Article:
Despite the ECB's recent "stunning" rate cut, which sent the EUR modestly lower by a few hundred pips, the resultant resurge in the European currency has left the European Central Bank even more stunned: just what does it have to do to force its currency lower and boost Europe's peripheral economies, especially in a world in which every other major central banks is printing boatloads of money each and every month?
We hinted at precisely what the next steps will be two days ago when in "Next From The ECB: Here Comes QE, According To BNP" we said "BNP is ultimately correct as the European experiment will require every weapon in the ECB's arsenal, and sooner or later the ECB, too, will succumb to the same monetary lunacy that has gripped the rest of the developed world in the ongoing "all in" bet to reflate or bust. All logical arguments that outright monetization of bonds are prohibited by various European charters will be ignored: after all, there is "political capital" at stake, and as Mario Draghi has made it clear there is no "Plan B." Which means the only question is when will Europe join the lunaprint asylum: for the sake of the systemic reset we hope the answer is sooner rather than later."
Two days later the answer just appeared when moments ago the WSJ reported that the ECB's Praet hinted more QE is, just as we predicted, on the table.
The European Central Bank could adopt negative interest rates or purchase assets from banks if needed to lift inflation closer to its target, a top ECB official said, rebutting concerns that the central bank is running out of tools or is unwilling to use them.
"If our mandate is at risk we are going to take all the measures that we think we should take to fulfill that mandate. That's a very clear signal," ECB executive board member Peter Praet said in an interview Tuesday with The Wall Street Journal. Annual inflation in the euro zone slowed to 0.7% in October, far below the central bank's target of just below 2% over the medium term.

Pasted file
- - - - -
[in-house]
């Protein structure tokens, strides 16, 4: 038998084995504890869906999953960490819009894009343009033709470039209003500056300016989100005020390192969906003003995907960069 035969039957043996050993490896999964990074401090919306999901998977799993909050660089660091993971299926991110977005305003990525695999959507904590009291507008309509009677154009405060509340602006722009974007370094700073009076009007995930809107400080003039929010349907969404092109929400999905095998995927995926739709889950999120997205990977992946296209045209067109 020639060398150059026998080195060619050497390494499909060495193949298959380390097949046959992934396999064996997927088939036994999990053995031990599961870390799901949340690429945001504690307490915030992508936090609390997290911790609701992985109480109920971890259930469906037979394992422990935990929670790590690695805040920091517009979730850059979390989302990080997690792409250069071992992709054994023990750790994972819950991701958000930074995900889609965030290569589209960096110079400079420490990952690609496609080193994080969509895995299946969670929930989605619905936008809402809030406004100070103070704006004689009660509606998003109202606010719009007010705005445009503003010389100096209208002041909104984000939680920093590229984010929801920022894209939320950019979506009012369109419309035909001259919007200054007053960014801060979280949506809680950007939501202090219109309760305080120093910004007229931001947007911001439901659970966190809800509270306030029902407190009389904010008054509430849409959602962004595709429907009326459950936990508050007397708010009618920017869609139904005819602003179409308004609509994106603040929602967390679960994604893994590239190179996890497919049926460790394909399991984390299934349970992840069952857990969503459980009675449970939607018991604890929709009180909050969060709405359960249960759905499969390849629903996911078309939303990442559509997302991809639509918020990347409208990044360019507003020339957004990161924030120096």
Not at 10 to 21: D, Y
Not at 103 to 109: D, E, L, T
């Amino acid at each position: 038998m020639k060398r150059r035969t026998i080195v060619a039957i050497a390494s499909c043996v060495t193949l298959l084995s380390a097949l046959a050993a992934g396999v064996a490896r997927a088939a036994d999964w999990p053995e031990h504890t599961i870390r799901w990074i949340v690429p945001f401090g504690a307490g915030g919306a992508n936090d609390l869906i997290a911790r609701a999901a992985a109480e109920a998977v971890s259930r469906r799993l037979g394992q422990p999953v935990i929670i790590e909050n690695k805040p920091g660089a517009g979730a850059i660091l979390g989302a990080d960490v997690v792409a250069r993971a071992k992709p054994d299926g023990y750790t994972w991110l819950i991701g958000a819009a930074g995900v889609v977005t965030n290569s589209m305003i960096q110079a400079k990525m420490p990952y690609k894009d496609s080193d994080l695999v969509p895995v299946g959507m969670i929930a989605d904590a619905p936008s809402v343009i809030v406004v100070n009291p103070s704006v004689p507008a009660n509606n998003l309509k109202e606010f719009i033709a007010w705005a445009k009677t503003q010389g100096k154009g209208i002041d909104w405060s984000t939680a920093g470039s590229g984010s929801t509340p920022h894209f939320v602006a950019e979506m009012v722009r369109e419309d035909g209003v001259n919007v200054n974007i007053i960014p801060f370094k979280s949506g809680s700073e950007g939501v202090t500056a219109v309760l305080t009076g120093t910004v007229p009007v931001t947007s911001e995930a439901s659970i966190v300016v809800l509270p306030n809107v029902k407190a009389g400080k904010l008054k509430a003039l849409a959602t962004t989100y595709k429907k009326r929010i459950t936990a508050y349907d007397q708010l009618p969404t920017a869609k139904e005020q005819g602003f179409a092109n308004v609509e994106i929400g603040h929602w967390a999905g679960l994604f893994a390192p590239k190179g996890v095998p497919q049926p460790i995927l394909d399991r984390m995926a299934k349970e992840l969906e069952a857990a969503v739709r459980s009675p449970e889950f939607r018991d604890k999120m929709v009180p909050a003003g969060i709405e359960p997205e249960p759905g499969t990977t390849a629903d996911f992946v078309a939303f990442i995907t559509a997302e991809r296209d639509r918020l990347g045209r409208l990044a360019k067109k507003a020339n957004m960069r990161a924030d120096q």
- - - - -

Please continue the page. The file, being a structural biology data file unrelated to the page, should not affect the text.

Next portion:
He didn't rule out what some analysts see as the strongest, and most controversial, option: purchases of assets from banks to reduce borrowing costs in the private sector. "The balance-sheet capacity of the central bank can also be used," said Mr. Praet, whose views carry added weight as he also heads the ECB's powerful economics division. "This includes outright purchases that any central bank can do."
The ECB could do more if necessary, Mr. Praet said. "On standard measures, interest rates, we still have room and that would also include the deposit facility," he said. The central bank's deposit rate has been set at zero for several months. Making it negative would effectively levy a fee on commercial banks that park funds at the ECB.
The ECB purchased safe bank bonds and government bonds at the height of the global financial crisis and the euro debt crisis, but in small amounts compared with other major central banks.
Of course, there are some legal hurdles:
The ECB's charter forbids it from financing governments.
But, wily as always, the ECB appears to have found a loophole:
The ECB must respect its legal constraints, Mr. Praet said, however its rules "do not exclude that you intervene in the markets outright."
And sure enough, the Euro tumbles just as mandated by the ECB's talking head: let's see if it actually stays lower this time.
And now check to the Germans, who will be positively giddy that first Europe accused it of unfair export-led growth, and now the ECB is openly contemplating tearing off the Weimar scab.
Looks like things in Europe are about to get exciting all over again.